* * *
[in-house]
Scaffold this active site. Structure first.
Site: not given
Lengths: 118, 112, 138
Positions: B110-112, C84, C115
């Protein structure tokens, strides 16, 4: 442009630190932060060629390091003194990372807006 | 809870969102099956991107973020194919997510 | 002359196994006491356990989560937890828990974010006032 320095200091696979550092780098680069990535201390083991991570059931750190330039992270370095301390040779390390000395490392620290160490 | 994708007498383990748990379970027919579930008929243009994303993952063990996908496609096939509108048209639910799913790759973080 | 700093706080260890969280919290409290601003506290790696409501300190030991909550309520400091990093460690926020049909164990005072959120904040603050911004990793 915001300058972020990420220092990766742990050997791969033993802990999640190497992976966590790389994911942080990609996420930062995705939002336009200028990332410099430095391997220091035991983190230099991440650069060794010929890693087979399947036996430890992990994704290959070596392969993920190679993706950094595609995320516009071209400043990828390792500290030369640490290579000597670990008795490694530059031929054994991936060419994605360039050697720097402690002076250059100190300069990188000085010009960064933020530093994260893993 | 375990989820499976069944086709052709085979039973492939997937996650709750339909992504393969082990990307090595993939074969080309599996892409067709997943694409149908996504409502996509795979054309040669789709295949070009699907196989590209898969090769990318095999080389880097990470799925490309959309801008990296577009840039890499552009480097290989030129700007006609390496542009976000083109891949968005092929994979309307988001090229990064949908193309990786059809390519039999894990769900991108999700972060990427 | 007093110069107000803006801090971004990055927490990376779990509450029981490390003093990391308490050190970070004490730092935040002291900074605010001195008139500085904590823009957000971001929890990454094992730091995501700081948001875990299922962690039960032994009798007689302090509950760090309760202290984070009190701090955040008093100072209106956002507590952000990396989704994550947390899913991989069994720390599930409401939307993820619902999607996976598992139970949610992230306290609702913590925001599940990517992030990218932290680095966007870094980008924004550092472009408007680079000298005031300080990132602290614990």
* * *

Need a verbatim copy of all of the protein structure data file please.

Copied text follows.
[in-house]
Scaffold this active site. Structure first.
Site: not given
Lengths: 118, 112, 138
Positions: B110-112, C84, C115
């Protein structure tokens, strides 16, 4: 442009630190932060060629390091003194990372807006 | 809870969102099956991107973020194919997510 | 002359196994006491356990989560937890828990974010006032 320095200091696979550092780098680069990535201390083991991570059931750190330039992270370095301390040779390390000395490392620290160490 | 994708007498383990748990379970027919579930008929243009994303993952063990996908496609096939509108048209639910799913790759973080 | 700093706080260890969280919290409290601003506290790696409501300190030991909550309520400091990093460690926020049909164990005072959120904040603050911004990793 915001300058972020990420220092990766742990050997791969033993802990999640190497992976966590790389994911942080990609996420930062995705939002336009200028990332410099430095391997220091035991983190230099991440650069060794010929890693087979399947036996430890992990994704290959070596392969993920190679993706950094595609995320516009071209400043990828390792500290030369640490290579000597670990008795490694530059031929054994991936060419994605360039050697720097402690002076250059100190300069990188000085010009960064933020530093994260893993 | 375990989820499976069944086709052709085979039973492939997937996650709750339909992504393969082990990307090595993939074969080309599996892409067709997943694409149908996504409502996509795979054309040669789709295949070009699907196989590209898969090769990318095999080389880097990470799925490309959309801008990296577009840039890499552009480097290989030129700007006609390496542009976000083109891949968005092929994979309307988001090229990064949908193309990786059809390519039999894990769900991108999700972060990427 | 007093110069107000803006801090971004990055927490990376779990509450029981490390003093990391308490050190970070004490730092935040002291900074605010001195008139500085904590823009957000971001929890990454094992730091995501700081948001875990299922962690039960032994009798007689302090509950760090309760202290984070009190701090955040008093100072209106956002507590952000990396989704994550947390899913991989069994720390599930409401939307993820619902999607996976598992139970949610992230306290609702913590925001599940990517992030990218932290680095966007870094980008924004550092472009408007680079000298005031300080990132602290614990």